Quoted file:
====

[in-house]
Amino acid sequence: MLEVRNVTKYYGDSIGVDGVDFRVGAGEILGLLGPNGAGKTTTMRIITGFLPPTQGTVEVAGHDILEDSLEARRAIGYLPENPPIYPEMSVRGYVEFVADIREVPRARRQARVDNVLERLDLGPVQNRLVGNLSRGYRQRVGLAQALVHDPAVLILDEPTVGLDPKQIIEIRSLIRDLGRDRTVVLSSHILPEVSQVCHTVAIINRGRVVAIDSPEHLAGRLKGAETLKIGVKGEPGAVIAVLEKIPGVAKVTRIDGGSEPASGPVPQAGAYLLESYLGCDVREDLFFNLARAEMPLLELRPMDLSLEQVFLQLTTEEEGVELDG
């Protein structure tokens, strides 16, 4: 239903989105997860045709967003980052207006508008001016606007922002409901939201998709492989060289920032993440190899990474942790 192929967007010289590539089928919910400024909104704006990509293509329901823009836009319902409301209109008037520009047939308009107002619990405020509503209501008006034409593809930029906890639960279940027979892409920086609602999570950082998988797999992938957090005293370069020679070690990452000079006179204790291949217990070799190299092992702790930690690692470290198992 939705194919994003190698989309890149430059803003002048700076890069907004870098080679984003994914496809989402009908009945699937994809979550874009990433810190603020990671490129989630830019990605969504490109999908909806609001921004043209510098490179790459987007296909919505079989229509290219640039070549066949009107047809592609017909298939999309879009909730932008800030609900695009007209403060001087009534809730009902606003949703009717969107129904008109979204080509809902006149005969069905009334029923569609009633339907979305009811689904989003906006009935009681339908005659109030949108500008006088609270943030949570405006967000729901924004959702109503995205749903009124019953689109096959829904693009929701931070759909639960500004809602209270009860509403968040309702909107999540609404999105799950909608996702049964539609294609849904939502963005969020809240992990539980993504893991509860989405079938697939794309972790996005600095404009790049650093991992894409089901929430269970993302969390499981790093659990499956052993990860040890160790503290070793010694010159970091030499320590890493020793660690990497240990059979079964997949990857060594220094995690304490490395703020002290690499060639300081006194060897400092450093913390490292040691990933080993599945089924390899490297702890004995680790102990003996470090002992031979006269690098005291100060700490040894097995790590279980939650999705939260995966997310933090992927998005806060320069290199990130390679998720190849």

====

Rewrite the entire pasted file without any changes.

[in-house]
Amino acid sequence: MLEVRNVTKYYGDSIGVDGVDFRVGAGEILGLLGPNGAGKTTTMRIITGFLPPTQGTVEVAGHDILEDSLEARRAIGYLPENPPIYPEMSVRGYVEFVADIREVPRARRQARVDNVLERLDLGPVQNRLVGNLSRGYRQRVGLAQALVHDPAVLILDEPTVGLDPKQIIEIRSLIRDLGRDRTVVLSSHILPEVSQVCHTVAIINRGRVVAIDSPEHLAGRLKGAETLKIGVKGEPGAVIAVLEKIPGVAKVTRIDGGSEPASGPVPQAGAYLLESYLGCDVREDLFFNLARAEMPLLELRPMDLSLEQVFLQLTTEEEGVELDG
């Protein structure tokens, strides 16, 4: 239903989105997860045709967003980052207006508008001016606007922002409901939201998709492989060289920032993440190899990474942790 192929967007010289590539089928919910400024909104704006990509293509329901823009836009319902409301209109008037520009047939308009107002619990405020509503209501008006034409593809930029906890639960279940027979892409920086609602999570950082998988797999992938957090005293370069020679070690990452000079006179204790291949217990070799190299092992702790930690690692470290198992 939705194919994003190698989309890149430059803003002048700076890069907004870098080679984003994914496809989402009908009945699937994809979550874009990433810190603020990671490129989630830019990605969504490109999908909806609001921004043209510098490179790459987007296909919505079989229509290219640039070549066949009107047809592609017909298939999309879009909730932008800030609900695009007209403060001087009534809730009902606003949703009717969107129904008109979204080509809902006149005969069905009334029923569609009633339907979305009811689904989003906006009935009681339908005659109030949108500008006088609270943030949570405006967000729901924004959702109503995205749903009124019953689109096959829904693009929701931070759909639960500004809602209270009860509403968040309702909107999540609404999105799950909608996702049964539609294609849904939502963005969020809240992990539980993504893991509860989405079938697939794309972790996005600095404009790049650093991992894409089901929430269970993302969390499981790093659990499956052993990860040890160790503290070793010694010159970091030499320590890493020793660690990497240990059979079964997949990857060594220094995690304490490395703020002290690499060639300081006194060897400092450093913390490292040691990933080993599945089924390899490297702890004995680790102990003996470090002992031979006269690098005291100060700490040894097995790590279980939650999705939260995966997310933090992927998005806060320069290199990130390679998720190849």